He’s right about everything. I’ve only tried two fragrances from Orto Parisi, but both of them are precisely as he’s described the line in general. However, I’ll go further than to simply echo his comment that you should avoid Boccanera if you hated Black Afgano: I think Boccanera is an utterly revolting fragrance that amplifies the difficult parts of Black Afgano to an overpowering degree. If the chocolate lasted long enough in a significant, distinct, truly substantial way on my skin, then maybe the differences would be greater between the two scents. But it doesn’t last, though. What’s left is a smokier, louder, woodier, more animalic take on Black Afgano with less of the plummy molasses that was an enjoyable part of that scent and less resinous warmth. There is no finesse whatsoever.
I simply don’t see the point of it at all. If you like Black Afgano, stick to that one. Why would you have the need for a more imbalanced, less pleasant clone?
Stercus is an extrait de parfum that was released in 2014. As with Boccanera, the note list is not given. One thing that is very clear, though, is that the name means “feces” in Latin. It is clearly intentional, given Alessandro Gualtieri’s “Manifesto” for Orto Parisi:
The parts of the body that carry more smell are those where more soul is collected.
The strong smells have become unpleasant to us, because the excess of soul is intolerable to the extent that our innate animalism is repressed and breaking from civilization.
This project is my garden I have planted, fertilized, cultivated, and harvested.
Stercus opens on my skin exactly like the Hard Leather version of Black Afgano. It smells as though the LM Parfum fragrance had been poured over a thin layer of Black Afgano to create, essentially, the musky, animalic version of Black Afgano. There are differences, though. Stercus is strongly chemical in a way that Hard Leather never is; it’s thinner in feel in the opening 30 minutes; it has no boozy rum, and none of the true, real, Mysore sandalwood that appears later on in Hard Leather’s development. Stercus is also not finely balanced, and doesn’t smell luxuriously opulent. Nevertheless, it has every other part of Hard Leather’s opening bouquet, only this one is smokier and mingled with streaks of Black Afgano’s plumminess.
Stercus shifts quickly, taking on other nuances that weaken the Hard Leather and Black Afgano resemblance. 10 minutes in, slivers of greenish, bamboo-like creaminess appear, similar to the ones in Boccanera. It might possibly be sandalwood of some sort, perhaps the Ebanol synthetic mentioned by Deadidol in his comments about the general line, but it’s too indistinct here for me to tell. Whatever the source, it diffuses the earthier, muskier qualities of the scent to a degree, leaving the woods as more of a focal point. Yet, the musky animalics never actually leave. What happens instead is that Stercus starts to feel as though Mr. Gualtieri were attempting to recreate the various facets of authentic, Middle Eastern oud wood, only in the general framework of Black Afgano and via the use of industrial-strength aromachemicals in addition to animalics.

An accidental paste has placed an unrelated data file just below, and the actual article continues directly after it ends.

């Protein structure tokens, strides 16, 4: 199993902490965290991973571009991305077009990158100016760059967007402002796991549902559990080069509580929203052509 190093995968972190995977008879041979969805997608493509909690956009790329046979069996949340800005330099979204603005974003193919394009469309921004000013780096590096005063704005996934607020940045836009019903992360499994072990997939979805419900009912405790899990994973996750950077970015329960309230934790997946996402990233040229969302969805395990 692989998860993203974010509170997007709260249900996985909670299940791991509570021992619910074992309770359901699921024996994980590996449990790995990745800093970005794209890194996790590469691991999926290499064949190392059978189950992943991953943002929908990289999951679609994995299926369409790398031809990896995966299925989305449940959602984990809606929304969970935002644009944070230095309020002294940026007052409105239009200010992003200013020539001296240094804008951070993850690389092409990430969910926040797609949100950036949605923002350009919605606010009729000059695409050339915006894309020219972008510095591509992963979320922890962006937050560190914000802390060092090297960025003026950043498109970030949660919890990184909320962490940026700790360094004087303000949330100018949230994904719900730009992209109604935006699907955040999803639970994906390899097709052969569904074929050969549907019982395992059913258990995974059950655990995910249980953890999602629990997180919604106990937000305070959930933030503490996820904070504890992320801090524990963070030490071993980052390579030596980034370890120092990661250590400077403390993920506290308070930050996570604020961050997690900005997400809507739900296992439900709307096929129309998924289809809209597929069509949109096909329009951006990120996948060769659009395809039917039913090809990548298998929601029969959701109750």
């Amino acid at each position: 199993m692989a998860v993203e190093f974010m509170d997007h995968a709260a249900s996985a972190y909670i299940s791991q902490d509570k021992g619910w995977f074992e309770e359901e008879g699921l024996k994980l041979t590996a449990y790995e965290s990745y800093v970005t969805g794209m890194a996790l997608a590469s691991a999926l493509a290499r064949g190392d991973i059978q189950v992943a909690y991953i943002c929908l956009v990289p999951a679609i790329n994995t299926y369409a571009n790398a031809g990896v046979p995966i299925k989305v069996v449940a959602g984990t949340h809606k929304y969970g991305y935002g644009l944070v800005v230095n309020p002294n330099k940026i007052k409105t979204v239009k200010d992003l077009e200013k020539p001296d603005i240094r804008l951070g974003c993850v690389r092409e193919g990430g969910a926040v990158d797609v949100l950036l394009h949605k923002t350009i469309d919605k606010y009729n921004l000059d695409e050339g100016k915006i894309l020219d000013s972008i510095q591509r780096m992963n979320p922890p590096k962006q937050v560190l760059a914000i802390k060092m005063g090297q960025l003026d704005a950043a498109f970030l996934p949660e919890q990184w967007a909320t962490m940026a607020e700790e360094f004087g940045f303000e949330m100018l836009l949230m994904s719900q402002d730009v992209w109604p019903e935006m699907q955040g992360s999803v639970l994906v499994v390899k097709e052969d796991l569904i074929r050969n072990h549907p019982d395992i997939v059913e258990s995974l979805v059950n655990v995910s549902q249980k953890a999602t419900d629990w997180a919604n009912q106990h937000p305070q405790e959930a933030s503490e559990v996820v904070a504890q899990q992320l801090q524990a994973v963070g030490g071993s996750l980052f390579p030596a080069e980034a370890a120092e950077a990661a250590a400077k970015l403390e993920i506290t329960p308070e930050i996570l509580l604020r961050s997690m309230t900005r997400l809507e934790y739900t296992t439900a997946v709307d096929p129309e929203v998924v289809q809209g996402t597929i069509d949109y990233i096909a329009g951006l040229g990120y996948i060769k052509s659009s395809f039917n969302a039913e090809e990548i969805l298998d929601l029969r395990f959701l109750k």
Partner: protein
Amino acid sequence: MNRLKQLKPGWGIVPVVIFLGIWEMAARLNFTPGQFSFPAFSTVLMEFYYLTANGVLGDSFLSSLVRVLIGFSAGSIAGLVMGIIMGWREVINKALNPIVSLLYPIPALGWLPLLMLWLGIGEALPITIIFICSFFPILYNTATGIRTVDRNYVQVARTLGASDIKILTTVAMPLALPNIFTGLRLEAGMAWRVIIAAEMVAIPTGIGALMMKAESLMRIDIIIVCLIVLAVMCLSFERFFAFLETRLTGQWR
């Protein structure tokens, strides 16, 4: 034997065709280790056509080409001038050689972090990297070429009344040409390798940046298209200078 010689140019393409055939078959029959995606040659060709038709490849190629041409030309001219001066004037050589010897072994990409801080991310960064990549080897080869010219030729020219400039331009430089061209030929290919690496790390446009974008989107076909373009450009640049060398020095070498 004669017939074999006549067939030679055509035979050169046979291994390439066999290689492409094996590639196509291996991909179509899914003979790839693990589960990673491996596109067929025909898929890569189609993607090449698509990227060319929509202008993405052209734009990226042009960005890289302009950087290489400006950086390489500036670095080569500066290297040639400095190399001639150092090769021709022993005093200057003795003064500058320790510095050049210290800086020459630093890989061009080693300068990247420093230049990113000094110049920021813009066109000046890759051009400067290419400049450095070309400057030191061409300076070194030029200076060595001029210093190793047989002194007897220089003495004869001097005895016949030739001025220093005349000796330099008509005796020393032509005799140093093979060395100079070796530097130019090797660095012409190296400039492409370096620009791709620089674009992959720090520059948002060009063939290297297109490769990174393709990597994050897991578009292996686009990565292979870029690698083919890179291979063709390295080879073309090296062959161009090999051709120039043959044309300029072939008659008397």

There are other changes, too. 15 minutes in, the Black Afgano base begins to fade, though quiet vestiges of plummy spiced molasses linger. They weave in and out, sometimes quite noticeable, sometimes acting merely as an occasional, ghostly pop in the background. At the same time, the green (sandalwood?) creaminess takes on almost a floral quality, as though Stercus were an imbalanced, haphazard attempt to create a “floral woody musk” with a roaring animalic, musky side. That floral quality doesn’t last for long. For the most part, Stercus is merely a mix of creamy, musky, highly aromachemical, soft woods with smokiness, streaks of greenness, and an occasional plumminess. It’s a very strong scent, but it is airier and less dense in feel than Black Afgano or some of the Nasomattos. I wouldn’t say that Stercus has a billowy feel, per se, but it doesn’t have an opaque chewiness or sense of darkness.
Actually, it would all be quite nice were it not for the overwhelming nature of the chemicals. They’re not as extreme or potent as the ones in Boccanera, but that’s like saying the Hindenburg was less of a disaster than the Titanic. It’s highly relative. I think I actually would have preferred smelling the feces that some people on Fragrantica experienced, because Stercus killed my throat, finishing off the job that Boccanera began. I tried to last all the way through to the end of the fragrance’s development, but it was an exhausting struggle.
Like Boccanera, Stercus is a very linear scent and it didn’t change drastically over time. It merely became woodier, less animalic, and a touch sweeter, as well a bit fruity at times with an echo of Black Afgano’s cherries. The creaminess retreated to the background after 2 hours, and was replaced by a nice wallop of spicy, earthy patchouli with a touch of rosy fruitchouli. In essence, Stercus turned into a mix of Nasomatto’s Duro with Black Afgano, and it remained that way until the 6th hour when I finally gave up and scrubbed it off. The aromachemicals had gotten so strong, it bludgeoned my sense of smell to the point where I could no longer pick out any nuances amidst the spicy, woody, smoky haze. I will do a lot for a review and for the sake of thoroughness, but I’m not a complete masochist.